Vizinalbahn (Bavaria)

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As Vizinalbahn were in Bavaria Railways called for the development of rural areas. The name was formed from the Latin word vicinus ( German : "neighboring, near"). In order to be able to connect as many places as possible that were previously far away from the railroad to this very new means of transport, the Vizinalbahngesetz was passed in Bavaria on April 29, 1869 . It regulated the construction of the "rail links of local importance".

Endowment Act of 1869

In the 1860s it became increasingly clear that railways of local importance could not be built and operated profitably with the standard prescribed for main railways . To promote the construction of railways of local importance, the Bavarian State Parliament passed a doping law (“Law on the construction and operation of railway lines of minor importance”) on April 29, 1869, which reorganized the construction of railways of local importance.

Technical standards

For vicinal railways, larger gradients (1:25) and narrower arc radii (100 m), lighter rails and a narrower subgrade were permitted compared to the main railways . This enabled the routes to be better adapted to the shape of the terrain and costly engineering structures to be avoided. The operational management was less labor-intensive compared to the main railways. After the initial experience with the new railways, further construction simplifications were approved.

The standard components were based on recommendations of the German Railway Association from 1869 (“Basic features for the design of secondary railways”), which - although not binding - were adopted by many railways in Germany. The possibility of narrow-gauge construction was not made use of in Bavaria at the time of the Vizinalbahngesetz. In practice, the radii remained over 180 m and the inclines less than 1:40.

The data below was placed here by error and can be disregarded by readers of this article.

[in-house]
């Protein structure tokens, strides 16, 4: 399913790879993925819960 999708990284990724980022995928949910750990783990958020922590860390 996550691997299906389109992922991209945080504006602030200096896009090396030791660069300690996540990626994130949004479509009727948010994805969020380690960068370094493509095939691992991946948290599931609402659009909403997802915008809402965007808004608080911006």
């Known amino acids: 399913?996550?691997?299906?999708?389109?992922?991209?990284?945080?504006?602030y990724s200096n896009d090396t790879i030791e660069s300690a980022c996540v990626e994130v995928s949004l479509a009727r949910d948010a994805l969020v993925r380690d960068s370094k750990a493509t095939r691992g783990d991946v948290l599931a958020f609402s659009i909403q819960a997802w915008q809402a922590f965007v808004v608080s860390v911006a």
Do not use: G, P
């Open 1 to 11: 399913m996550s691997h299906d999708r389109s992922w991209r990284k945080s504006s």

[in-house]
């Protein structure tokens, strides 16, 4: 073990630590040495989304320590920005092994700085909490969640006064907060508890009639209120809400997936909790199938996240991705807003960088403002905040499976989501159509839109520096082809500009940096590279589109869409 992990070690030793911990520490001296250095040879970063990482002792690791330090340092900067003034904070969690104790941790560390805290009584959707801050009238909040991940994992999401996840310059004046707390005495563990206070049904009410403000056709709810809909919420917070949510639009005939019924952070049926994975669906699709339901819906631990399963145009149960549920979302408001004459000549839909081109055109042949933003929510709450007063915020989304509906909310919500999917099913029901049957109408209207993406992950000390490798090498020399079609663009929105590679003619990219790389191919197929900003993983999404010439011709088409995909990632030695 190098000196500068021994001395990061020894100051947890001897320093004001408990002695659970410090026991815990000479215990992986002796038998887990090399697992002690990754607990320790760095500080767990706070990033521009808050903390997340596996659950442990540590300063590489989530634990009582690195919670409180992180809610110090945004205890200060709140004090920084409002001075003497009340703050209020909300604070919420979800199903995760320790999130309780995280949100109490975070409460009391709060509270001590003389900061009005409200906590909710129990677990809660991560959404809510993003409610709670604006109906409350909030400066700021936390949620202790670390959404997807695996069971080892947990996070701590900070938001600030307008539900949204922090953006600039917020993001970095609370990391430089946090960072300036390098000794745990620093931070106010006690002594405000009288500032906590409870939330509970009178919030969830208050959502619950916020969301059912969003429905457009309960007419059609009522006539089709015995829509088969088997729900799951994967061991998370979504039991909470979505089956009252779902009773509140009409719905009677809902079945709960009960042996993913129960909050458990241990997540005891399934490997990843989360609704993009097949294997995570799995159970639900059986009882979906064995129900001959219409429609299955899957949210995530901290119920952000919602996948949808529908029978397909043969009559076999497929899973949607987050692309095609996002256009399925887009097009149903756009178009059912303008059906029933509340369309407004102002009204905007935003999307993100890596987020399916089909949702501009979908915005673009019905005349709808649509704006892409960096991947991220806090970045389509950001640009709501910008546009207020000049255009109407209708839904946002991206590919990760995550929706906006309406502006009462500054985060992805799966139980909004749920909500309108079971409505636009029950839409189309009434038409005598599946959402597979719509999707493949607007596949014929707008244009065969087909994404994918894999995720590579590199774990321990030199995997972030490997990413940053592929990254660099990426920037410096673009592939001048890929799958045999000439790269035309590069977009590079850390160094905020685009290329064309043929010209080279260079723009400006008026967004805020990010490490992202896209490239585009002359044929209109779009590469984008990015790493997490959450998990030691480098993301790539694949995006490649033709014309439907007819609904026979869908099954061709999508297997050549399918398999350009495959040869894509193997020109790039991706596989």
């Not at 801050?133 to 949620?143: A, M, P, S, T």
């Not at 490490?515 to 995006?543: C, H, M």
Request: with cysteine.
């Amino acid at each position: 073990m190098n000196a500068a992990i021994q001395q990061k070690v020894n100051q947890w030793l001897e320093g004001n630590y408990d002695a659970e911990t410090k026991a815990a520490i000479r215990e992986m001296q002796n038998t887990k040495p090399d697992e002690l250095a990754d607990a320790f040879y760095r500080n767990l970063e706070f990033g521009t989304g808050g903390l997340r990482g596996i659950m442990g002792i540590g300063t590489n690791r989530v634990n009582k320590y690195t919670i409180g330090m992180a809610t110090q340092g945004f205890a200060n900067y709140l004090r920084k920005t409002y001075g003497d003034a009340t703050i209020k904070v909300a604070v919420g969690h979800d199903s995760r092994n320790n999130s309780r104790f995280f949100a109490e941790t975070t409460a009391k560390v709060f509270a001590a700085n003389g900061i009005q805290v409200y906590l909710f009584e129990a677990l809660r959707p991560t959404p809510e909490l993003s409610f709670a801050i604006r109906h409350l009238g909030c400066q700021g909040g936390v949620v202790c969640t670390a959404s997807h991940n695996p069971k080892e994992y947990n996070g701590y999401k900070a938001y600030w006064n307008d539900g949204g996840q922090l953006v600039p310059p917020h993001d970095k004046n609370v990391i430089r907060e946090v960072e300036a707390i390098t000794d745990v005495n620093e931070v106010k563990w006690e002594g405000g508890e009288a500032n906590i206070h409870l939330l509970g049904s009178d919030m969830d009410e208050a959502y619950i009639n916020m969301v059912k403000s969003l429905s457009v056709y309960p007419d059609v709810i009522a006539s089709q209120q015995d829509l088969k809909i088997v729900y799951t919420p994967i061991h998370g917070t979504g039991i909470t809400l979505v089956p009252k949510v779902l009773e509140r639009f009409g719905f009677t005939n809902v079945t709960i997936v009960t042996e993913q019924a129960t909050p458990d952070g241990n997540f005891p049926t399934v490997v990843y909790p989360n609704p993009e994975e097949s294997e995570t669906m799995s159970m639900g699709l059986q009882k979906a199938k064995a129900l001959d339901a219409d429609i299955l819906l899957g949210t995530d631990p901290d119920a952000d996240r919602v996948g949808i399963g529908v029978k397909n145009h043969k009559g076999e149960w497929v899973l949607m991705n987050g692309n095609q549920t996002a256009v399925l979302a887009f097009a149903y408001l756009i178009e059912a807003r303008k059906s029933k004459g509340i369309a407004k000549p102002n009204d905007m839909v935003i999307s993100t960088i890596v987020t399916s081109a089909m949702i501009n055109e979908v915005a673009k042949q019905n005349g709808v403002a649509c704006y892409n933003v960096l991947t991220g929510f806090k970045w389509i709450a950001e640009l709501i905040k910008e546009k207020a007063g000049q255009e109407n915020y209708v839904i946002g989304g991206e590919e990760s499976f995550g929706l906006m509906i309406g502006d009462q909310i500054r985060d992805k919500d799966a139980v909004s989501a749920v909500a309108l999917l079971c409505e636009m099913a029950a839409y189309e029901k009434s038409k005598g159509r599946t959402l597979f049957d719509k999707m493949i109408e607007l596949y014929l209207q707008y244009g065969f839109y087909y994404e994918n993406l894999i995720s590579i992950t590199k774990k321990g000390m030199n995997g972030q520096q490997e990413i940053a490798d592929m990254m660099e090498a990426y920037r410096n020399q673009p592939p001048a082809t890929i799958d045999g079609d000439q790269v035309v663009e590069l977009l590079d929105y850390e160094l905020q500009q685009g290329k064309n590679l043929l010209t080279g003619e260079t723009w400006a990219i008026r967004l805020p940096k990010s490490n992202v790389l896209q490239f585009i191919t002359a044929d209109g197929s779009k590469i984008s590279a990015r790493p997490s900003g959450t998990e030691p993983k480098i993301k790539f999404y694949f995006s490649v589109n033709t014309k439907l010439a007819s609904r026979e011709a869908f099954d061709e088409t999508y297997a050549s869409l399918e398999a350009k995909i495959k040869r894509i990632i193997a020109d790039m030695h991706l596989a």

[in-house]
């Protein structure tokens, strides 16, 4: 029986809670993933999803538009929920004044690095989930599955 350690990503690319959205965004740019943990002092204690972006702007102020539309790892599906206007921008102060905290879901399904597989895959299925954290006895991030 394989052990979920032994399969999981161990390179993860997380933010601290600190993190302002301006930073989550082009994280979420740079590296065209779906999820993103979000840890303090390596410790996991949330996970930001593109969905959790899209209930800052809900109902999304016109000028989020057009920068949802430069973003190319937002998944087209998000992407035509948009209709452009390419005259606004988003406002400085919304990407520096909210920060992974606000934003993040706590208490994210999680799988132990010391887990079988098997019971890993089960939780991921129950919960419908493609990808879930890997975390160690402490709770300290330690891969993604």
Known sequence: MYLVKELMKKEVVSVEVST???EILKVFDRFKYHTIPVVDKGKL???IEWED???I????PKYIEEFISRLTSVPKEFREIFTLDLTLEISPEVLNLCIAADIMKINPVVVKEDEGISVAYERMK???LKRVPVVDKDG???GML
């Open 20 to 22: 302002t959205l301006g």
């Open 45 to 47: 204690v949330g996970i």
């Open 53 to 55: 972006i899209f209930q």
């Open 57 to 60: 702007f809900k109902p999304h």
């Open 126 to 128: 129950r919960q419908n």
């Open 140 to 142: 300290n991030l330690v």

Financing and operation

The neighboring communities had to pay for the land purchase and the earthworks; they should be part of the revenue surpluses. Half of the remaining construction costs were covered by allocations of funds from the endowment laws. To finance the other half, a special vicinal railway fund was created, which was fed from the surplus of the state railway. The municipalities were used on the grounds that road construction was also their responsibility. The Royal Bavarian State Railways were responsible for carrying out the construction and later operation .

Construction of the Vizinalbahnen

The line from Siegelsdorf to Langenzenn was built as the first railway under the new law in 1872 . It was followed by 14 more railways by 1879, the Weilheim – Murnau line was opened on May 15, 1879 as the last vicinal railway. A total of 168 km of railway were built according to the Vizinalbahngesetz.

In the years up to 1880, the Vizinalbahnen developed well, with only one railway exceeding the expenses. However, the interest rate was low at 1.5% and the neighboring communities, with a few exceptions, were left with nothing when it came to distributing the income.

List of the Bavarian Vizinalbahnen

in mm
in km

State of the route